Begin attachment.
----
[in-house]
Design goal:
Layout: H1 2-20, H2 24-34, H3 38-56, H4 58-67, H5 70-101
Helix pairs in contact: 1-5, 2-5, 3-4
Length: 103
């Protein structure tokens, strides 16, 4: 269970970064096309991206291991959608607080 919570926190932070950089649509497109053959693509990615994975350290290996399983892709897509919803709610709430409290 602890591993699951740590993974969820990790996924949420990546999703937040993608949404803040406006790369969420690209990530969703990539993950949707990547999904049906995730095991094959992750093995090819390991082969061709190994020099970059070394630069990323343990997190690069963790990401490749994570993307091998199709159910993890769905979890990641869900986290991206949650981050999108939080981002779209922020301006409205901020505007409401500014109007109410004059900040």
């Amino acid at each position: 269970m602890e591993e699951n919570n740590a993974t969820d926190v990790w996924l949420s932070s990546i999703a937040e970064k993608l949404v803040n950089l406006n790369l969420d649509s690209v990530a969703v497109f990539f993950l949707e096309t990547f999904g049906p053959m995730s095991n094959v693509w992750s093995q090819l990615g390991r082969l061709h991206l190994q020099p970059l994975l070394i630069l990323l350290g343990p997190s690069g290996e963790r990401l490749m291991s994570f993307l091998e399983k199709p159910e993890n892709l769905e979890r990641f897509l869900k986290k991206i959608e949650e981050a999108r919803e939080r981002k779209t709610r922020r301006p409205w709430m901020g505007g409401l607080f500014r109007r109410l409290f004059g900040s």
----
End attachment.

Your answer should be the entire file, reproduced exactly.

[in-house]
Design goal:
Layout: H1 2-20, H2 24-34, H3 38-56, H4 58-67, H5 70-101
Helix pairs in contact: 1-5, 2-5, 3-4
Length: 103
């Protein structure tokens, strides 16, 4: 269970970064096309991206291991959608607080 919570926190932070950089649509497109053959693509990615994975350290290996399983892709897509919803709610709430409290 602890591993699951740590993974969820990790996924949420990546999703937040993608949404803040406006790369969420690209990530969703990539993950949707990547999904049906995730095991094959992750093995090819390991082969061709190994020099970059070394630069990323343990997190690069963790990401490749994570993307091998199709159910993890769905979890990641869900986290991206949650981050999108939080981002779209922020301006409205901020505007409401500014109007109410004059900040």
């Amino acid at each position: 269970m602890e591993e699951n919570n740590a993974t969820d926190v990790w996924l949420s932070s990546i999703a937040e970064k993608l949404v803040n950089l406006n790369l969420d649509s690209v990530a969703v497109f990539f993950l949707e096309t990547f999904g049906p053959m995730s095991n094959v693509w992750s093995q090819l990615g390991r082969l061709h991206l190994q020099p970059l994975l070394i630069l990323l350290g343990p997190s690069g290996e963790r990401l490749m291991s994570f993307l091998e399983k199709p159910e993890n892709l769905e979890r990641f897509l869900k986290k991206i959608e949650e981050a999108r919803e939080r981002k779209t709610r922020r301006p409205w709430m901020g505007g409401l607080f500014r109007r109410l409290f004059g900040s």